By David Singh
GENEVA, 5 December, 2017: A number of meetings and declarations in recent weeks have emphasized the importance of space technologies in supporting UN Member States to implement the Sendai Framework for Disaster Risk Reduction, the global plan to reduce disaster losses by 2030.
The UN Secretary-General’s Special Representative for Disaster Risk Reduction, Mr. Robert Glasser, commented: “Thanks to technological progress made in the past few years, geospatial information at the right scale and definition can be made available and provides critical elements to better understand exposure to disaster risk due to natural and human made hazards. It can also assist in ensuring a risk-sensitive approach to development planning to avoid the creation of new risk."
The Bonn Declaration, adopted on November 24 at a UN/Germany International Conference on International Cooperation towards Low Emission, Resilient Societies specifically calls on the UN Office for Outer Space Affairs (UNOOSA) and the UN OffIce for Disaster Risk Reduction (UNISDR) to work with the space community and relevant partners to develop robust solutions for disaster risk reduction.
The Bonn Declaration also calls on the World Meteorological Organization, UN agencies, the Group on Earth Observations, and other relevant organizations, to facilitate the identification of relevant satellite data and information to respond to requests from stakeholders, particularly from developing countries, in order to help with implementation of the Sendai Framework, the Paris Agreement on climate and the 2030 Agenda for Sustainable Development.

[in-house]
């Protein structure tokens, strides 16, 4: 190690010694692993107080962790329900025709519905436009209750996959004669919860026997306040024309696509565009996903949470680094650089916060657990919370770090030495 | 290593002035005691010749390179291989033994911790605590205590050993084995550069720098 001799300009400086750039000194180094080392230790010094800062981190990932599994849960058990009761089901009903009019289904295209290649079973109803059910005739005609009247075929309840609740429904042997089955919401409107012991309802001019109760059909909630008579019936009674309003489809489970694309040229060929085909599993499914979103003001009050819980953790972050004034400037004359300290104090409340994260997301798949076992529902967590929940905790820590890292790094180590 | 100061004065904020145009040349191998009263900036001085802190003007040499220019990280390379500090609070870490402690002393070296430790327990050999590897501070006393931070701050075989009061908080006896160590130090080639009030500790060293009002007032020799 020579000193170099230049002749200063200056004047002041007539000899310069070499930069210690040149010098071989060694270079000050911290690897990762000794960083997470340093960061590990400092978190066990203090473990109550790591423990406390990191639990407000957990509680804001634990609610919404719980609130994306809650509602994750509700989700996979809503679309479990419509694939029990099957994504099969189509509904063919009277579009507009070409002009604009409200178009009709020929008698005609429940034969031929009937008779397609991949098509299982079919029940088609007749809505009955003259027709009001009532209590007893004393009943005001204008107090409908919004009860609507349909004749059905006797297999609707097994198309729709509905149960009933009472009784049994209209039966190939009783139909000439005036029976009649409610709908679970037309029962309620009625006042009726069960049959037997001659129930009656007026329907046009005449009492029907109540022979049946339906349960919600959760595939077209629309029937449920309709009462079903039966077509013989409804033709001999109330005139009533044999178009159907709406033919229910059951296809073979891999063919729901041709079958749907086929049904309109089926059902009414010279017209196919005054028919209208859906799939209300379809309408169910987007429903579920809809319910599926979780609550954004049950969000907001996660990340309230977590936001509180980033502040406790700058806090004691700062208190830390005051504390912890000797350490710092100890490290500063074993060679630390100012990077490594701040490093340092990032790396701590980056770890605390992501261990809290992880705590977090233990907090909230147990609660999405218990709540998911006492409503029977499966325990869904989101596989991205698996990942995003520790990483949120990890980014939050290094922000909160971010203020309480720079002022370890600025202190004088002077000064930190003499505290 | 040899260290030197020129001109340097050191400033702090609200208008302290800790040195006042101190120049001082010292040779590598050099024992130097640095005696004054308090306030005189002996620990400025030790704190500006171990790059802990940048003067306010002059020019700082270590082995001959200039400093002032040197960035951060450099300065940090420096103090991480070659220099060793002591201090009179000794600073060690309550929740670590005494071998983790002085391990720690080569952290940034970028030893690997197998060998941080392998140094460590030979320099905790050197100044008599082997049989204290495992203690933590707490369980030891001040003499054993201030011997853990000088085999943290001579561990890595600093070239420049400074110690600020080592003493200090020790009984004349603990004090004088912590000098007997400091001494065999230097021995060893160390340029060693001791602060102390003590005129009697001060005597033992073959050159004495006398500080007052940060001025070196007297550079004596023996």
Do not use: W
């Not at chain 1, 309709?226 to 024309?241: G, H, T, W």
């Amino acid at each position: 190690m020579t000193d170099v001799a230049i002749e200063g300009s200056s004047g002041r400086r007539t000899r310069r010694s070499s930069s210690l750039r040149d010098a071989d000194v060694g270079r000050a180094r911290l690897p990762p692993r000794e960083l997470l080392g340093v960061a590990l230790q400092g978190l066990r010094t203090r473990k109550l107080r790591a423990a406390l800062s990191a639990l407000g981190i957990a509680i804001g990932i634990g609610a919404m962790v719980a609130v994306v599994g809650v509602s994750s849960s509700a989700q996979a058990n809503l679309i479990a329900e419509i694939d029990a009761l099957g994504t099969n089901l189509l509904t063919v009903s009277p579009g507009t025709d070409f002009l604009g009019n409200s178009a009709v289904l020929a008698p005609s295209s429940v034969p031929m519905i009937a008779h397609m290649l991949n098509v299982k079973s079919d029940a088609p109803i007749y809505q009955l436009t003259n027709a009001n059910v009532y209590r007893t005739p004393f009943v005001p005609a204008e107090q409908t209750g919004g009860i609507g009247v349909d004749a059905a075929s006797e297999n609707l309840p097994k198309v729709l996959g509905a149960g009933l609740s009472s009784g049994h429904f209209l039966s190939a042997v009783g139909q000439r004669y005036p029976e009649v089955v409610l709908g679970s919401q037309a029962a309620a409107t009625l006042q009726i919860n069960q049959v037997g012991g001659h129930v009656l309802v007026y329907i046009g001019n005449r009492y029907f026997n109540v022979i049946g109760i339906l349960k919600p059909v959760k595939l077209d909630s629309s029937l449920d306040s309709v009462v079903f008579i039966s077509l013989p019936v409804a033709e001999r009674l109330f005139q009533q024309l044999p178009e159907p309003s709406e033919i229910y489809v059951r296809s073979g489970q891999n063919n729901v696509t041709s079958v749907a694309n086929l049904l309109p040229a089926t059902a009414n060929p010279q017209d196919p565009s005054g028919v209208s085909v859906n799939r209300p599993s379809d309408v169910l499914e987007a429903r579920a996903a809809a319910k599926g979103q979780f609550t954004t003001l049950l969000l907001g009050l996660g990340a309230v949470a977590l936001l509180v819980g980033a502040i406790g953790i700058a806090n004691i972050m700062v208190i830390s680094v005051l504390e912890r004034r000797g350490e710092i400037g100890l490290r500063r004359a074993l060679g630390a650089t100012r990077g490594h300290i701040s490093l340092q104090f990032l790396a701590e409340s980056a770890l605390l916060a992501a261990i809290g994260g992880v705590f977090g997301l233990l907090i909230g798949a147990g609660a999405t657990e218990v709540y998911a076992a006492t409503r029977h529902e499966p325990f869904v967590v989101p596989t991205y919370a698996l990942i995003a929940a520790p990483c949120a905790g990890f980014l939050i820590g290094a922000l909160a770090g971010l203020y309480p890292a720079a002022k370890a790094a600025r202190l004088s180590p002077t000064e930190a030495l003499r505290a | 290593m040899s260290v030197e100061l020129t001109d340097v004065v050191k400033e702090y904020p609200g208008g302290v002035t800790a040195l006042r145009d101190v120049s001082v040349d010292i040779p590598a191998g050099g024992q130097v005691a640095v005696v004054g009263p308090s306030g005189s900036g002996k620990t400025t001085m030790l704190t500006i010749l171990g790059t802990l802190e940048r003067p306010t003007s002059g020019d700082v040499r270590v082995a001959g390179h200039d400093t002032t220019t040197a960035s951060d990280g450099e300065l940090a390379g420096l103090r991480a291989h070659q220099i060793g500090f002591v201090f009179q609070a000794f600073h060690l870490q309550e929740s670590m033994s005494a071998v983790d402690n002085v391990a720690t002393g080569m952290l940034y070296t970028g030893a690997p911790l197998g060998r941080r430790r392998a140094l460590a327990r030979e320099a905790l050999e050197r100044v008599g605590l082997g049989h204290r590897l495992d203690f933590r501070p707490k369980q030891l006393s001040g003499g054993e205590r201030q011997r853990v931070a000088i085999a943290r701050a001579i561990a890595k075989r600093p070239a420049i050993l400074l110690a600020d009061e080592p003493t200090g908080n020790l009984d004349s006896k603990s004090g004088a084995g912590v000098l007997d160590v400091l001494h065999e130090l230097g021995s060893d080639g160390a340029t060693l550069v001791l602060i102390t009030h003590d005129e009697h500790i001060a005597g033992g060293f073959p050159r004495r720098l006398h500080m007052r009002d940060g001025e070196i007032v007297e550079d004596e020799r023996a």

The Declaration calls on UNOOSA and UNISDR to build on the pilots of the Committee of Earth Observation Satellites (CEOS), and the UN Platform for Space-based information for Disaster Management and Emergency Response (UN-SPIDER).
CEOS coordinates civil space-borne observations of the Earth while enhancing international coordination and data exchange. UN SPIDER promotes international cooperation in the peaceful uses of outer space. According to UN-SPIDER, “The pilot programmes involve the use of applications on earth observation, telecommunications and global navigation that support disaster risk reduction and recovery efforts, by providing accurate and timely information for decision-makers.”
One of the recommendations that came out of a recent meeting held by UNISDR on the creation of a global risk assessment framework underscored the use of geospatial, space-based and other emerging technologies to help unpack and understand the interconnected nature of risk.
The Mexico City Declaration, issued last week at the Fifth High Level Forum on UN Global Geospatial Information Management (UN-GGIM) encourages the continued and productive integration of geospatial and statistical information as well as improvement of institutional coordination between national statistical offices and national geospatial and mapping agencies.
This declaration also calls on all involved to capitalize on ongoing digital transformation and emerging technologies, as well to innovate and make use of science and research.